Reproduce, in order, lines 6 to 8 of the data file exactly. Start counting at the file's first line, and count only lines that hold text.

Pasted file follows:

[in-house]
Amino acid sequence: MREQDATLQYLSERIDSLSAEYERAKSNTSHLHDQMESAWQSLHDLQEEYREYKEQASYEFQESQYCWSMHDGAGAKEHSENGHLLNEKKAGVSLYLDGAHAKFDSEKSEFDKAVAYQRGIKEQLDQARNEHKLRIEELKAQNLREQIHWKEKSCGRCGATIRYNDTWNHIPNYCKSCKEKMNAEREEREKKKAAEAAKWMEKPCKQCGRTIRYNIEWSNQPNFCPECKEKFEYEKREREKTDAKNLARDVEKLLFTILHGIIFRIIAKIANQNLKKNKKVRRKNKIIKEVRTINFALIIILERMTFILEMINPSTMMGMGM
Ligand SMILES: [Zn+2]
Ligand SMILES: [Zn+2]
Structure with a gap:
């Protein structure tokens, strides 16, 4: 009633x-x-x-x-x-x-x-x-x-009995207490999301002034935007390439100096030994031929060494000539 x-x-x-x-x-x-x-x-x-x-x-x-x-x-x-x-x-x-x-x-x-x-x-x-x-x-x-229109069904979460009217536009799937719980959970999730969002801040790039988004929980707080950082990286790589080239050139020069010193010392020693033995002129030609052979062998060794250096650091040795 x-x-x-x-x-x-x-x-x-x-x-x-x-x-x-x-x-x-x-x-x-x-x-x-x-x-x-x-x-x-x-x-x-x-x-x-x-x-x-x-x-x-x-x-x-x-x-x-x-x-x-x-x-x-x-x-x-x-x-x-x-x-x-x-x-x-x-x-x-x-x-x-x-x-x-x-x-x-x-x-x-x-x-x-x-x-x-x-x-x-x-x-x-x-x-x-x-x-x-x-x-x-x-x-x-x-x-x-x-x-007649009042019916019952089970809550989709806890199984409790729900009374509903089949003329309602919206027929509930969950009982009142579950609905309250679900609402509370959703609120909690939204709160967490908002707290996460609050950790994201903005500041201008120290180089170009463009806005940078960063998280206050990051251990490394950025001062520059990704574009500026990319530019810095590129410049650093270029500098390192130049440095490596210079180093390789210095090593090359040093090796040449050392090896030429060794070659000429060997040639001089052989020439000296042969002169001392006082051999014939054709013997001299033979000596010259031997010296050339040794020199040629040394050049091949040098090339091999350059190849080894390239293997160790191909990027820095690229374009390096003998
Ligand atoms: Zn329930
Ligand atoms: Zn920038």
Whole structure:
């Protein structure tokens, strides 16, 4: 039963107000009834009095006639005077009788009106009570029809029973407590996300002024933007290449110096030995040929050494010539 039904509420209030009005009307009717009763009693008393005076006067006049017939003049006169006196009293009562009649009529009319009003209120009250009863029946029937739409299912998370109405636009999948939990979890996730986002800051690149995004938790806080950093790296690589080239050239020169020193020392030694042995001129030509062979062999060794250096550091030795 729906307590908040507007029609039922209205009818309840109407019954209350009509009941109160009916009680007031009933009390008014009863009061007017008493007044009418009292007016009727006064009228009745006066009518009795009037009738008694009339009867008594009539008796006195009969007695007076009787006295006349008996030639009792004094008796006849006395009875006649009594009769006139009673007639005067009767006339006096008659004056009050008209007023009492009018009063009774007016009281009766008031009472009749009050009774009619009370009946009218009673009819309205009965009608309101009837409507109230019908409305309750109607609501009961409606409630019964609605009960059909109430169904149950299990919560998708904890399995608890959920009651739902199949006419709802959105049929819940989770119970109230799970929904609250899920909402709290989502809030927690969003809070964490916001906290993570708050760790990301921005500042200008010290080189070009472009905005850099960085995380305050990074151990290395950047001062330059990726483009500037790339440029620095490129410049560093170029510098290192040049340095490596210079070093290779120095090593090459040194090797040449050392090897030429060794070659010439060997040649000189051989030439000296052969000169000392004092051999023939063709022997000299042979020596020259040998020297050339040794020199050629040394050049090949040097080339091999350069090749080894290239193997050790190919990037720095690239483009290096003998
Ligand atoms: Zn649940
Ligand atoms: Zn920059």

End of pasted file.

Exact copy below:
């Protein structure tokens, strides 16, 4: 009633x-x-x-x-x-x-x-x-x-009995207490999301002034935007390439100096030994031929060494000539 x-x-x-x-x-x-x-x-x-x-x-x-x-x-x-x-x-x-x-x-x-x-x-x-x-x-x-229109069904979460009217536009799937719980959970999730969002801040790039988004929980707080950082990286790589080239050139020069010193010392020693033995002129030609052979062998060794250096650091040795 x-x-x-x-x-x-x-x-x-x-x-x-x-x-x-x-x-x-x-x-x-x-x-x-x-x-x-x-x-x-x-x-x-x-x-x-x-x-x-x-x-x-x-x-x-x-x-x-x-x-x-x-x-x-x-x-x-x-x-x-x-x-x-x-x-x-x-x-x-x-x-x-x-x-x-x-x-x-x-x-x-x-x-x-x-x-x-x-x-x-x-x-x-x-x-x-x-x-x-x-x-x-x-x-x-x-x-x-x-x-007649009042019916019952089970809550989709806890199984409790729900009374509903089949003329309602919206027929509930969950009982009142579950609905309250679900609402509370959703609120909690939204709160967490908002707290996460609050950790994201903005500041201008120290180089170009463009806005940078960063998280206050990051251990490394950025001062520059990704574009500026990319530019810095590129410049650093270029500098390192130049440095490596210079180093390789210095090593090359040093090796040449050392090896030429060794070659000429060997040639001089052989020439000296042969002169001392006082051999014939054709013997001299033979000596010259031997010296050339040794020199040629040394050049091949040098090339091999350059190849080894390239293997160790191909990027820095690229374009390096003998
Ligand atoms: Zn329930
Ligand atoms: Zn920038």